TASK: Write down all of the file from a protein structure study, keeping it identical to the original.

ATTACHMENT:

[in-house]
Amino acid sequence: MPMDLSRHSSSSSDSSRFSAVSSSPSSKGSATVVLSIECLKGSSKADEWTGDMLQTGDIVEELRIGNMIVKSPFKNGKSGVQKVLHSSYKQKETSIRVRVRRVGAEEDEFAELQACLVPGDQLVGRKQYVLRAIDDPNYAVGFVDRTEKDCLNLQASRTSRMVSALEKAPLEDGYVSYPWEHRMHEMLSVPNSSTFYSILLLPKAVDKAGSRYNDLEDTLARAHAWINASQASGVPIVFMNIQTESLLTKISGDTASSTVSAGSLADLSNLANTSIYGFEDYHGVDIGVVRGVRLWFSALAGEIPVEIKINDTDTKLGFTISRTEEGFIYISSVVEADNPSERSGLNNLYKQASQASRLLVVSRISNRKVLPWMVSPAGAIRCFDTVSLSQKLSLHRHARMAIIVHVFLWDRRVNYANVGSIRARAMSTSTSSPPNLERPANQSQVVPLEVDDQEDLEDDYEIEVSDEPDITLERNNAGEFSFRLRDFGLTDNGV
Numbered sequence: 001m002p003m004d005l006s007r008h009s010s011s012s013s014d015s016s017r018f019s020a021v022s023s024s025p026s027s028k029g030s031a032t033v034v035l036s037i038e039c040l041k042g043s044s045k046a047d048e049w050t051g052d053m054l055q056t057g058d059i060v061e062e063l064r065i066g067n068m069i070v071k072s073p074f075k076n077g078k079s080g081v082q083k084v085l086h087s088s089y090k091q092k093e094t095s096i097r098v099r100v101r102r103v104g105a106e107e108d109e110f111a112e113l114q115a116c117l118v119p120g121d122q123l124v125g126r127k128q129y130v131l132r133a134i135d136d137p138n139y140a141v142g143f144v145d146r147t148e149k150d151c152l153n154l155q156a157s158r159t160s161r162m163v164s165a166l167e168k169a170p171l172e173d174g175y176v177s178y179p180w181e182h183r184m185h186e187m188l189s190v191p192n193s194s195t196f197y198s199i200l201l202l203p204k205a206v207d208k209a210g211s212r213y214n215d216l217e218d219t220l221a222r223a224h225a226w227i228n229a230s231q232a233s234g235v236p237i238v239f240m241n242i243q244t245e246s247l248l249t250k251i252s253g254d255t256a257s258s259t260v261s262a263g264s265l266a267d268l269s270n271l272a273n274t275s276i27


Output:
[in-house]
Amino acid sequence: MPMDLSRHSSSSSDSSRFSAVSSSPSSKGSATVVLSIECLKGSSKADEWTGDMLQTGDIVEELRIGNMIVKSPFKNGKSGVQKVLHSSYKQKETSIRVRVRRVGAEEDEFAELQACLVPGDQLVGRKQYVLRAIDDPNYAVGFVDRTEKDCLNLQASRTSRMVSALEKAPLEDGYVSYPWEHRMHEMLSVPNSSTFYSILLLPKAVDKAGSRYNDLEDTLARAHAWINASQASGVPIVFMNIQTESLLTKISGDTASSTVSAGSLADLSNLANTSIYGFEDYHGVDIGVVRGVRLWFSALAGEIPVEIKINDTDTKLGFTISRTEEGFIYISSVVEADNPSERSGLNNLYKQASQASRLLVVSRISNRKVLPWMVSPAGAIRCFDTVSLSQKLSLHRHARMAIIVHVFLWDRRVNYANVGSIRARAMSTSTSSPPNLERPANQSQVVPLEVDDQEDLEDDYEIEVSDEPDITLERNNAGEFSFRLRDFGLTDNGV
Numbered sequence: 001m002p003m004d005l006s007r008h009s010s011s012s013s014d015s016s017r018f019s020a021v022s023s024s025p026s027s028k029g030s031a032t033v034v035l036s037i038e039c040l041k042g043s044s045k046a047d048e049w050t051g052d053m054l055q056t057g058d059i060v061e062e063l064r065i066g067n068m069i070v071k072s073p074f075k076n077g078k079s080g081v082q083k084v085l086h087s088s089y090k091q092k093e094t095s096i097r098v099r100v101r102r103v104g105a106e107e108d109e110f111a112e113l114q115a116c117l118v119p120g121d122q123l124v125g126r127k128q129y130v131l132r133a134i135d136d137p138n139y140a141v142g143f144v145d146r147t148e149k150d151c152l153n154l155q156a157s158r159t160s161r162m163v164s165a166l167e168k169a170p171l172e173d174g175y176v177s178y179p180w181e182h183r184m185h186e187m188l189s190v191p192n193s194s195t196f197y198s199i200l201l202l203p204k205a206v207d208k209a210g211s212r213y214n215d216l217e218d219t220l221a222r223a224h225a226w227i228n229a230s231q232a233s234g235v236p237i238v239f240m241n242i243q244t245e246s247l248l249t250k251i252s253g254d255t256a257s258s259t260v261s262a263g264s265l266a267d268l269s270n271l272a273n274t275s276i27